Who Was Helen Keller?
Age 7-9: Concept 1 - Environment: Unit 3

What would it be like to live in an environment with no sound or light? Learn how one girl struggles to overcome physical disabilities to improve her life and the lives of others.

This unit can be used independently, but it is designed to be used concurrently with the science and social studies unit, Sound.

Prerequisites

  • Able to read and comprehend chapter books on a 3rd or early 4th grade reading level
  • Can answer comprehension questions about a chapter in a journal
  • Able to write three or four sentences on a topic
  • Usually used by children in second or third grade

Table of Contents

  • Lesson 1: Helen's Early Years
  • Lesson 2: Helen's Childhood
  • Lesson 3: Helen's Challenges
  • Lesson 4: Inventors
  • Lesson 5: Annie
  • Lesson 6: Helen Leaves Home
  • Lesson 7: More Learning
  • Lesson 8: All Grown Up
  • Final Project: Scrapbook or Interview

Summary of Skills

Moving Beyond the Page is based on state and national standards. These standards are covered in this unit.
  • Attend to spelling, mechanics, and format for final products in one's own writing. (Language Arts)
  • Compare language and oral traditions that reflect different people and customs. (Language Arts)
  • Compose first drafts. (Language Arts)
  • Connect and compare information within and across selections (fiction, nonfiction, poetry, and drama) to experience and knowledge. (Language Arts)
  • Create a readable document. (Language Arts)
  • Describe concepts and information in own words. (Language Arts)
  • Develop and use new vocabulary. (Language Arts)
  • Discuss similarities and differences in events, characters, and concepts within and across texts. (Language Arts)
  • Discuss the effect of an author's choices for nouns, verbs, modifiers, and specific vocabulary, which help the reader comprehend a narrative or expository text. (Language Arts)
  • Distinguish fiction from nonfiction. (Language Arts)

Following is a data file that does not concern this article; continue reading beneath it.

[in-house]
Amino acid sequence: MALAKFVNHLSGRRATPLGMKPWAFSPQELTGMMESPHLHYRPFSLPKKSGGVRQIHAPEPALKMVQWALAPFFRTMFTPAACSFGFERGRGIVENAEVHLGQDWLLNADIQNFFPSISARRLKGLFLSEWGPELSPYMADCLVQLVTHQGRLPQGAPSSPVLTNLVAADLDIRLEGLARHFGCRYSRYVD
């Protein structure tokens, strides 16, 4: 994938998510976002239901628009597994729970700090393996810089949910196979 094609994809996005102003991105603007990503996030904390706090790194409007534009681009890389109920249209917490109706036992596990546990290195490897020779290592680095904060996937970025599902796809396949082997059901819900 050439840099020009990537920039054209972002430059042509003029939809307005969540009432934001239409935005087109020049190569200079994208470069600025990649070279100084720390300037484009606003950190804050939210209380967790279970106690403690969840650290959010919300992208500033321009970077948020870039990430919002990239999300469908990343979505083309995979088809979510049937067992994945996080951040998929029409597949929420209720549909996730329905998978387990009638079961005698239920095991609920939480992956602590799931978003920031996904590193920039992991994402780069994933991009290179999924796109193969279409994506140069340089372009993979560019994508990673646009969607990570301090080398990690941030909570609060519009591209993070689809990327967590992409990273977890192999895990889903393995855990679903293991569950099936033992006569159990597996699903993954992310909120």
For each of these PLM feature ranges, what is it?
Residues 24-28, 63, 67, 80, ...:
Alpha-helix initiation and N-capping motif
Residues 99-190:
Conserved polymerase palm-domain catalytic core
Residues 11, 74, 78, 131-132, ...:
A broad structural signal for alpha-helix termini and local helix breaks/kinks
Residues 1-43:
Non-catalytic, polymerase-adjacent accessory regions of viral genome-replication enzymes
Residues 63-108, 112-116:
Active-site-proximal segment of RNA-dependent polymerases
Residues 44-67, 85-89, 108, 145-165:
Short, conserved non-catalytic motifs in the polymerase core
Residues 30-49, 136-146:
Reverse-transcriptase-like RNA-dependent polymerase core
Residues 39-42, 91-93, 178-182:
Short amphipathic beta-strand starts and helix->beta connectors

• Generate ideas for writing by listing key thoughts. (Language Arts)
  • Increase oral and written vocabulary by listening, discussing, and composing texts when responding to literature that is read and heard. (Language Arts)
  • Interpret information from diagrams, charts, and maps. (Language Arts)
  • Locate and use important areas of the library. (Language Arts)
  • Make predictions about text. (Language Arts)
  • Plan and make judgments about what to include in written and oral products. (Language Arts)
  • Pose possible how, why, and what if questions to understand and interpret text. (Language Arts)
  • Read aloud with fluency and expression any text appropriate for early independent readers. (Language Arts)
  • Read and comprehend text by locating information for specific purposes. (Language Arts)
  • Read classic and contemporary work. (Language Arts)
  • Read expository materials for answers to specific questions. (Language Arts)
  • Recall main ideas, facts, and details from a text. (Language Arts)
  • Reread drafts for meaning and revise. (Language Arts)
  • Respond to stories in ways that reflect understanding through writing, music, drama, and art. (Language Arts)
  • Use capitalization, punctuation, and paragraphs in own writing. (Language Arts)
  • Use editing to check for complete sentences and word order. (Language Arts)
  • Use legible handwriting. (Language Arts)
  • Use media and technology to enhance the presentation of information to an audience for a specific purpose. (Language Arts)
  • Use text for a variety of functions including informational. (Language Arts)
  • Use verbal and nonverbal communication. (Language Arts)
  • Write structured, informative presentations and narratives when given help with organization. (Language Arts)
  • Write to communicate with a variety of audiences. (Language Arts)
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